Black Burnished Ware
Making a pot has always been a science as well as an art. Fashions and tastes dictated what was thought valuable or beautiful, but we can learn a lot from the techniques and raw materials that were used, too.
Delving a little deeper into the science, we will join archaeologist and STEM ambassador, Grace, to find out more about Black Burnished Wares. Coiled by hand, these dark vessels are made from a grainy clay that can be rich in fragments of iron ores, flint, quartz, shale and mica.
Early Roman Pottery
When we think about the Roman conquest of Britain, many of us think of soldiers and battles, or of lavish villas and their famous underfloor heating which replaced life in draughty round houses. Did the Roman invasion of Britain really extend to a cultural take over?
Find out with author and Finds Manager, Rachael, about what the pottery actually tells us about the new ideas, processes and fashions that arrive in Britain with the Romans, and how the local craftsmen adapted to the new power in the land.
New Forest Ware
We fast-forward in time to the 3rdcentury AD – 200 years after the Roman conquest. By now, potters throughout the province produced high-quality pottery with a Romano-British style. One of the centres of pottery production was the area we now call The New Forest. It had all the natural resources needed for a thriving industry.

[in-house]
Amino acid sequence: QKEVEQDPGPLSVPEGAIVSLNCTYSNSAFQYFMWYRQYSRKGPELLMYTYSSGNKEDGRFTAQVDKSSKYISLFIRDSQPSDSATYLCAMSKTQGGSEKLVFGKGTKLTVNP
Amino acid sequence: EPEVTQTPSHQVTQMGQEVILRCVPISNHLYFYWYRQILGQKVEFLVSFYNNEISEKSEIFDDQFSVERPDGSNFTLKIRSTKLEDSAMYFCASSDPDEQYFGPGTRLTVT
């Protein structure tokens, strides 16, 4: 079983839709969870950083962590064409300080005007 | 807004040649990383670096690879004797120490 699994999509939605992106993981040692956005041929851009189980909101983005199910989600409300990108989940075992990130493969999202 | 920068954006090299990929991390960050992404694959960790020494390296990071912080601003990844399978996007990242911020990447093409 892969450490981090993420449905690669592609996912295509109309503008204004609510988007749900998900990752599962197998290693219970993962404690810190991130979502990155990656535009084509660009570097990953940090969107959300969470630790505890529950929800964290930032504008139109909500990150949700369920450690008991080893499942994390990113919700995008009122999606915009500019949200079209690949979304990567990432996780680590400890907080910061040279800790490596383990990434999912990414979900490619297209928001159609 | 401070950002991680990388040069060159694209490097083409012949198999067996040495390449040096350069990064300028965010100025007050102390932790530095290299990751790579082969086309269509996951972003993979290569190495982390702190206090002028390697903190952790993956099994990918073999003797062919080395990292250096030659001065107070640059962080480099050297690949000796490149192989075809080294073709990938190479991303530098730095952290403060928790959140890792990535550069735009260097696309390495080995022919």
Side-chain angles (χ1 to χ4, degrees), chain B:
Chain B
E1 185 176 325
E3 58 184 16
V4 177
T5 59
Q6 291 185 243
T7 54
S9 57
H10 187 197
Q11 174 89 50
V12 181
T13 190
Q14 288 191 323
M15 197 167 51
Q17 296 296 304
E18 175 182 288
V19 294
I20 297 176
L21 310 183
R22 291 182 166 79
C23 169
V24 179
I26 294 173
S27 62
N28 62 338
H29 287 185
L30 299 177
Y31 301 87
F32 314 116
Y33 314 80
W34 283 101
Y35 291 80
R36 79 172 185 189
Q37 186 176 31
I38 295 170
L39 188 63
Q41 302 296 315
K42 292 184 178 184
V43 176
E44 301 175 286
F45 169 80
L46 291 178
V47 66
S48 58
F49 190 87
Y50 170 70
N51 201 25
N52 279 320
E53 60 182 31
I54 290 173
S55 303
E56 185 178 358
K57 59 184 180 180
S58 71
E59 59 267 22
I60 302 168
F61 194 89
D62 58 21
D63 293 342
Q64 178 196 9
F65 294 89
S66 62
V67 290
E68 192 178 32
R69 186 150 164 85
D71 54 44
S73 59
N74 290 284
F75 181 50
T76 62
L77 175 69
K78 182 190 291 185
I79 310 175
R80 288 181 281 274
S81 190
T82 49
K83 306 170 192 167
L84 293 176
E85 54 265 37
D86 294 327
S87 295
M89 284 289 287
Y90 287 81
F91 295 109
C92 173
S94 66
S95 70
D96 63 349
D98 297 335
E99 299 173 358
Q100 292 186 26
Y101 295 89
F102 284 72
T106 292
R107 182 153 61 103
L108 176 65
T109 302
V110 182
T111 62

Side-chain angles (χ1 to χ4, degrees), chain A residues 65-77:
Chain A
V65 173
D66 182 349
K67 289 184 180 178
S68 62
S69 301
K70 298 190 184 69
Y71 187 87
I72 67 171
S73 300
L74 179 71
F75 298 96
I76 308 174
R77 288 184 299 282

Making a Roman Pot
Have you ever thought about the person that made the Roman pot you can see in a museum display? It is sometimes easy to forget that every object had a maker. In fact, it is their individual choices, talents and sometimes fingerprints and makers’ marks that have survived across the centuries.
Meet Pottery Teacher, Malcolm. With his help, we can look at the techniques that were used to make pottery in Roman times: wedging, slabbing, throwing and coiling. While he is making pottery, he shares with us his perspective on the work of his ancient counterparts.
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